Fair enough so McLaren make the change to Renault power and Honda finds its way to the Torro Rosso. Now McLaren has had it's car suffering reliability problems at similar rates to Honda... Meanwhile the Honda engine strapped to Junior red bull has not only worked reliably but the drivers have even praised the power it makes.
This leads me to my question what's the chances and when can we say that perhaps it was McLaren and not Honda's fault?
Curious to see other opinions because this has been eating me up the last week and today's results only seem to confirm it.


You are right.. it wasn't Honda's fault. It wasn't their fault when the engine would die constantly. It wasn't their fault when Mclaren was at the back of the field on day 1. People don't realise how bad it was with Button being the only Mclaren on the track due to a major failure on Alonso's car.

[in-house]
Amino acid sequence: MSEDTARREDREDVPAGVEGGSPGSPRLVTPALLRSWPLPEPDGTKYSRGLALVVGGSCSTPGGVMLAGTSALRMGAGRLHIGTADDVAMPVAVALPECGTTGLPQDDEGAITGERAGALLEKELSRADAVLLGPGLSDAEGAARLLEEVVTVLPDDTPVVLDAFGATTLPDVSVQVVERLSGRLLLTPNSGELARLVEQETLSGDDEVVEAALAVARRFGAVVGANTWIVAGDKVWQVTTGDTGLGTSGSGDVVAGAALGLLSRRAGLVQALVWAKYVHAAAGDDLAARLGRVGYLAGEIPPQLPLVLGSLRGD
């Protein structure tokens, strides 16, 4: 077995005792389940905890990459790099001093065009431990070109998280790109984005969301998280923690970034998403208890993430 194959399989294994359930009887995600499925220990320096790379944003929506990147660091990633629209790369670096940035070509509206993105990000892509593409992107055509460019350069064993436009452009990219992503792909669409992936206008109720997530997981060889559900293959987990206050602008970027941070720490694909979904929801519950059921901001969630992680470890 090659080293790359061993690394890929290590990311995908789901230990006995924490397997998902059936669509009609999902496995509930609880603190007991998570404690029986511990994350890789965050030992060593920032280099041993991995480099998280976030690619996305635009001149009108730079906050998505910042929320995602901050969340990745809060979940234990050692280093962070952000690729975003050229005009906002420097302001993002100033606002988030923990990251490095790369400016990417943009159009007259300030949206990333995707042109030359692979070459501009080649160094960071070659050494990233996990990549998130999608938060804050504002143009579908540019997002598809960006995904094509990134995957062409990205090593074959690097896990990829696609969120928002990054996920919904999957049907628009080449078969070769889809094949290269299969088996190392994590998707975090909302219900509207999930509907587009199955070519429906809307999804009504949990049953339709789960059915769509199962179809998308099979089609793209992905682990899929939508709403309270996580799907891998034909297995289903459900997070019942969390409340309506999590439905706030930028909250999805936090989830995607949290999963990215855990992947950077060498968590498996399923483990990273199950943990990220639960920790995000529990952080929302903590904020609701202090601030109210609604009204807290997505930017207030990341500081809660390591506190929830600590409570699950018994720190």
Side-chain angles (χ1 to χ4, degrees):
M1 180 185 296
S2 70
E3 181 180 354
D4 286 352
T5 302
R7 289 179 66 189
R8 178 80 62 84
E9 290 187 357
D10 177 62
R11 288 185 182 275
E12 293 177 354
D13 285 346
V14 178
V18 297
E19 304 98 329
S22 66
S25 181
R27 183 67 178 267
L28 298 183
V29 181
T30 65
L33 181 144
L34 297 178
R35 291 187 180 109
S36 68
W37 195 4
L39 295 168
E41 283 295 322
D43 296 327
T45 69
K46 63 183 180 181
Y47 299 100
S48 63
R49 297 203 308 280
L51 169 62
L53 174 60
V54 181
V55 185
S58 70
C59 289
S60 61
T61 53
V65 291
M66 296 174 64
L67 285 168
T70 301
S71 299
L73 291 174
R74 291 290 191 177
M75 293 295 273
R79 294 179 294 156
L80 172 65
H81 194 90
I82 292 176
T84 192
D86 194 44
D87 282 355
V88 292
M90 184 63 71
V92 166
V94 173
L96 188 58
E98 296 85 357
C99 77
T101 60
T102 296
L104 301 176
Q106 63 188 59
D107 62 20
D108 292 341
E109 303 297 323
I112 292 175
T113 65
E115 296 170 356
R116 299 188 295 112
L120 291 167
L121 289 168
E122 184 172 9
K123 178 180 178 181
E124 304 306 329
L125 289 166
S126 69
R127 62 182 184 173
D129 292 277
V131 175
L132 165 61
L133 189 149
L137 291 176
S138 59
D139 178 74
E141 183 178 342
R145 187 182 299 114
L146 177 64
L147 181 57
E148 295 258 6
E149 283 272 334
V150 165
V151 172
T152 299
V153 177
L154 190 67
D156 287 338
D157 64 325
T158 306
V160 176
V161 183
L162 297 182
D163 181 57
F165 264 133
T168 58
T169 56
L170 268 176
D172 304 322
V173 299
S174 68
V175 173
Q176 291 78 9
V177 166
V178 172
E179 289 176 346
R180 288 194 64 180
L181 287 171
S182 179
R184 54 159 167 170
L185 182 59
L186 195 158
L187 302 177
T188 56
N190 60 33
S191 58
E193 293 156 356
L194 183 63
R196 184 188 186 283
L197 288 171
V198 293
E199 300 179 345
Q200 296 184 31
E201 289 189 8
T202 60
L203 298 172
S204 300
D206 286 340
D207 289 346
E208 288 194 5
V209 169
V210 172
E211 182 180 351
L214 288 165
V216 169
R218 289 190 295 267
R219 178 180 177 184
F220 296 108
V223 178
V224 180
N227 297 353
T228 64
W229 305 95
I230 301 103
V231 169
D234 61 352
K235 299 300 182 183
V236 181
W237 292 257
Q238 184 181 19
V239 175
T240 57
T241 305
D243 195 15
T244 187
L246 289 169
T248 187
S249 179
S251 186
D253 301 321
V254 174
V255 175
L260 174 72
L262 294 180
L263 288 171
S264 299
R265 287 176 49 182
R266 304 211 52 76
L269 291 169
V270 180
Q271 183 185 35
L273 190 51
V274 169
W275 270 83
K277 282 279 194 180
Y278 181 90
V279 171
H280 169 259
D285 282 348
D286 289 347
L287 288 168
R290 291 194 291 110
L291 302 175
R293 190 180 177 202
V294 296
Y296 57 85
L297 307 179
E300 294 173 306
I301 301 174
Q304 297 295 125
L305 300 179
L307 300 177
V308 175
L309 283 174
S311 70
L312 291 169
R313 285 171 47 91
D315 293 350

It wasn't Honda's fault when their sheer horsepower was miles off the field of every engine on the track.

Sorry but it was. Not everything would be Honda/engine because other parts like the gear box are not provided by Honda. You remove the sheer unreliability of Honda and down on horsepower.. you have a diffferent car.

So yes, Honda played a major factor especially in the first two seasons. I don't know why people are still questioning it. It's like claiming Ferrari/Vettel reliability and mistakes didn't play a part in the championship.. they did..


Fact is, after 2 practice sessions Honda seems to be doing a lot better than when they were with Mclaren. Why would that be? And Mclaren has closed the gap but is still miles off Redbull.